Law reform to give sex offenders more than what have been criticised as slaps on the wrist is very welcome, although there is still no sign that the Government has the stomach for a sex offenders' register. Sorely needed, even in a place of only 21 square miles.
Aggressive education against an antisocial lifestyle from the early school years is essential, and the proposed use of the much trumpeted Stem programme at childhood and primary school levels greatly increases the likelihood that high school graduates leave with a degree of confidence in finding gainful employment, even if further education is not in the stars.
The right to vote is one of the greatest freedoms. What is being corrected now removes one of the longstanding contradictions: sending our children abroad for higher education so that they can become future leaders of Bermuda, only to deny them voting rights while doing so.
Closer to home, leaving school prematurely or without a discernible qualification, plus an obvious lack of social skills, has led to a significant disconnect and turned our young men, in particular, to the streets for acceptance and gratification.
We need to claw that back whereby the men of our future genuinely feel they have an obvious role to play, even if they have limited access to education beyond high school.
And looking much farther ahead, on behalf of the unborn, it is crucial for the generations to come that Bermuda can bring its books in order.
To be born into poverty is one thing, but to be born into abject poverty with the millstone of multibillion-dollar debt round your neck is quite another.
The early signs of economic recovery are encouraging but this progress must continue at pace for at least the next 18 months if we are to have any chance of breaking even by 2018-19. Or else, the America's Cup in 2017 would be but a memory, worse if Oracle Team USA does not successfully defend the “Auld Mug”.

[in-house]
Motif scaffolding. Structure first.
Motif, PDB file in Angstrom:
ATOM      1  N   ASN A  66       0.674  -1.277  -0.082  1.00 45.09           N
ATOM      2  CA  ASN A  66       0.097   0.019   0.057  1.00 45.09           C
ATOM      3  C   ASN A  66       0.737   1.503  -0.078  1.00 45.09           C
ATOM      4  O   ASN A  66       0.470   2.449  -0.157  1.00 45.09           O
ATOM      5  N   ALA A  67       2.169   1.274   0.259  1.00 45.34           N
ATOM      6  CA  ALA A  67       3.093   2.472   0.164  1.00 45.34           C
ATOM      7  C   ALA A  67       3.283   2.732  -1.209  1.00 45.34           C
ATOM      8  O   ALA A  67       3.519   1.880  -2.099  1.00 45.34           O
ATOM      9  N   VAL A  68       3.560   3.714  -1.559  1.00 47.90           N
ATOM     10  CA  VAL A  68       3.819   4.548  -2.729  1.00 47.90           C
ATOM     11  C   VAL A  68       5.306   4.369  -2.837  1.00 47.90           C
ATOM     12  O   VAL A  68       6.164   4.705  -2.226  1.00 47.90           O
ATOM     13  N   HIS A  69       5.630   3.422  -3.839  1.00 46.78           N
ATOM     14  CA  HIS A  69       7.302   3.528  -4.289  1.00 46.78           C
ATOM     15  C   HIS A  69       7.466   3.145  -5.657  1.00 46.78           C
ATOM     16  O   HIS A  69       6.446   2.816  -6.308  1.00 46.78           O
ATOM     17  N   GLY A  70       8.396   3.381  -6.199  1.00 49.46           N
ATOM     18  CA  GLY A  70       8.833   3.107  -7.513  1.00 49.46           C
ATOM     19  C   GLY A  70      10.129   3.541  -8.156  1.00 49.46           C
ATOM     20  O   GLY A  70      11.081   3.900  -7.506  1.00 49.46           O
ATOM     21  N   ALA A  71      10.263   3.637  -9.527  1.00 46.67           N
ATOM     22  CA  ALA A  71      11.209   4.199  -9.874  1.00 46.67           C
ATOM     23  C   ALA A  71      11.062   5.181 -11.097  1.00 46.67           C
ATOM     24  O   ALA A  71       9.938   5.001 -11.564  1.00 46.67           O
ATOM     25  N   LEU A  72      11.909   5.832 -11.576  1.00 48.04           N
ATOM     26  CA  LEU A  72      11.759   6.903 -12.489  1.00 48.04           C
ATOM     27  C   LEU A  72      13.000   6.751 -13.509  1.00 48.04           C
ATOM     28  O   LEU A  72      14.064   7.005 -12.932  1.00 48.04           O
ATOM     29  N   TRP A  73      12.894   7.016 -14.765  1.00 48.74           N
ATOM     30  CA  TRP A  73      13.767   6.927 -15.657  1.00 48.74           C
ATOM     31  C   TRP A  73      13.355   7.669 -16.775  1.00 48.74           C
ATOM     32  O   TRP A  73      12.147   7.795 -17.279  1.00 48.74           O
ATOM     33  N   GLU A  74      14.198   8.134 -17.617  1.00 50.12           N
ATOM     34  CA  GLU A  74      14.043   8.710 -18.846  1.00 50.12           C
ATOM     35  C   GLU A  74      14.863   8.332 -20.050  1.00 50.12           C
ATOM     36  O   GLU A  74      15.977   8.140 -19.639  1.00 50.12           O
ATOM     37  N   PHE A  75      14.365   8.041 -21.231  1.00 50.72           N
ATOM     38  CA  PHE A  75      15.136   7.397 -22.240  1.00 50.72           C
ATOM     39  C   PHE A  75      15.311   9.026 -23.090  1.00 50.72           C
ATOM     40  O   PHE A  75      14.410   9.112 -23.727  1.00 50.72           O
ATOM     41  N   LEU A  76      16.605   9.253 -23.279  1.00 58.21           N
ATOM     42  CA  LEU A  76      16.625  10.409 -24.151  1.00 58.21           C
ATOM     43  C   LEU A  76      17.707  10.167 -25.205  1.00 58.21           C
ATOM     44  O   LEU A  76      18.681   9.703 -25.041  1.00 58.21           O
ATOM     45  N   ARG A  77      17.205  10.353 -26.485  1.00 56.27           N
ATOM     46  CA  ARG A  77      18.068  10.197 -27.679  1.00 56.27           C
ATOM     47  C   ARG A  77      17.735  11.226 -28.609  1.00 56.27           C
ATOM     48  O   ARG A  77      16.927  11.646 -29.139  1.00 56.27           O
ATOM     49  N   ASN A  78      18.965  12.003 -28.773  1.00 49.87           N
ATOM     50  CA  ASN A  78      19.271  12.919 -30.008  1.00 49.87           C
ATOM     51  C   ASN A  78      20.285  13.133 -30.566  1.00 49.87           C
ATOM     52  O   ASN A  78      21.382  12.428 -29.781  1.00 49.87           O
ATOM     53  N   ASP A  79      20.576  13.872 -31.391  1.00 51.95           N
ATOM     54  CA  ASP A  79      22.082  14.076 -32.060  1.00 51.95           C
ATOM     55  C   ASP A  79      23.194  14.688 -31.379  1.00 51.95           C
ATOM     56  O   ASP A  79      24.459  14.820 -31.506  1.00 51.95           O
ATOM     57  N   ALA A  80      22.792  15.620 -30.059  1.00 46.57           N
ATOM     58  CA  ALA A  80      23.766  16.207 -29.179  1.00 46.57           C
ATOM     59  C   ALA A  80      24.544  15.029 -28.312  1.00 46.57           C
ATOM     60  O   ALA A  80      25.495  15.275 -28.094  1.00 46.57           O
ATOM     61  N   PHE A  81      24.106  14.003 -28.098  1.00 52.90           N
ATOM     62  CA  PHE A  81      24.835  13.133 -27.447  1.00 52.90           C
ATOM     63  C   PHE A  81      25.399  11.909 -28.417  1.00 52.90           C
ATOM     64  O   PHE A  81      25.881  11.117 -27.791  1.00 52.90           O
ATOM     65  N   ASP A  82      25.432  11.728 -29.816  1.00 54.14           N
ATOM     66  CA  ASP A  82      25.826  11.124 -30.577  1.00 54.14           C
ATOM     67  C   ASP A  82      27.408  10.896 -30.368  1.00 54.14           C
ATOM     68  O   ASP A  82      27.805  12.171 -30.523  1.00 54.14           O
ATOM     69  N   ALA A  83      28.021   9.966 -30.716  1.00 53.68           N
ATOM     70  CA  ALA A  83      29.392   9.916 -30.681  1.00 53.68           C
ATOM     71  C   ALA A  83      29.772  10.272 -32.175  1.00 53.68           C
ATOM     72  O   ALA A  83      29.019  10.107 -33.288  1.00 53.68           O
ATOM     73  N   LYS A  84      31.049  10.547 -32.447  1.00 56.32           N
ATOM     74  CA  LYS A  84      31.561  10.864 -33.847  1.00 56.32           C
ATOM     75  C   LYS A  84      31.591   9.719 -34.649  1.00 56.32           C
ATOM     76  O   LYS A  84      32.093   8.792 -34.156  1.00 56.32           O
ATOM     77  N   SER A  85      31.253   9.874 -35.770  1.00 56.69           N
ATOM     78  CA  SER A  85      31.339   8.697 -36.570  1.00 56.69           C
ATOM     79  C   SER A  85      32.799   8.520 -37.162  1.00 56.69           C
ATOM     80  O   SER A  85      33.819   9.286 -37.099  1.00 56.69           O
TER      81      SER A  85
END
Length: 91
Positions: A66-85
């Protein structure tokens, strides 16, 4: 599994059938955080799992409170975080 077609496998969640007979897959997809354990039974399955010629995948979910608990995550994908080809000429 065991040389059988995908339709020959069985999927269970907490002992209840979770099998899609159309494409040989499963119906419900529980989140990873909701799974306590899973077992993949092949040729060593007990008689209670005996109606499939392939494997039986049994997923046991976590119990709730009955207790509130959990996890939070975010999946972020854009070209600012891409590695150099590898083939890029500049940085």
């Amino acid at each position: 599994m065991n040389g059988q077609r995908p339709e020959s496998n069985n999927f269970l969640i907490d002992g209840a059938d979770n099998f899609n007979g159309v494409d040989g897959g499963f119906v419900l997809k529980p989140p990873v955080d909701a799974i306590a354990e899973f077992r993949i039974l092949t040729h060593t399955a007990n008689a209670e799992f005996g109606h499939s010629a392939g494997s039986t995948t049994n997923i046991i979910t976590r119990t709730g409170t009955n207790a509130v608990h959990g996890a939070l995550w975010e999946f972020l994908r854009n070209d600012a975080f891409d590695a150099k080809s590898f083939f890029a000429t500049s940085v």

So, those helmets; those annoying helmets. Words can do only so much and our stance by posting the offensive helmet-visor combination on the earpieces of the front page for the past two months was a silent protest of sorts to the powers that be that the Island's majority wants them done away with.
While this has upset some — the enablers, the fashionistas and possibly the criminals themselves — it is fair to say that the visors are far more trouble than they're worth and an example of how wantonly adopting the worst of other countries' habits or culture can contribute to societal decay.
The Progressive Labour Party was due to raise the issue at the next sitting of Parliament after the summer break, but with the Government and the Bermuda Police Service now seemingly on board in the wake of Friday's revelations, a smoother path to resolution has been created.
So, as was much heard throughout the Middle Ages, we say “off with their heads”. The helmets are removed today; our job is done. Now, as in all matters to do with Throne Speech 2015, it's over to the lawmakers.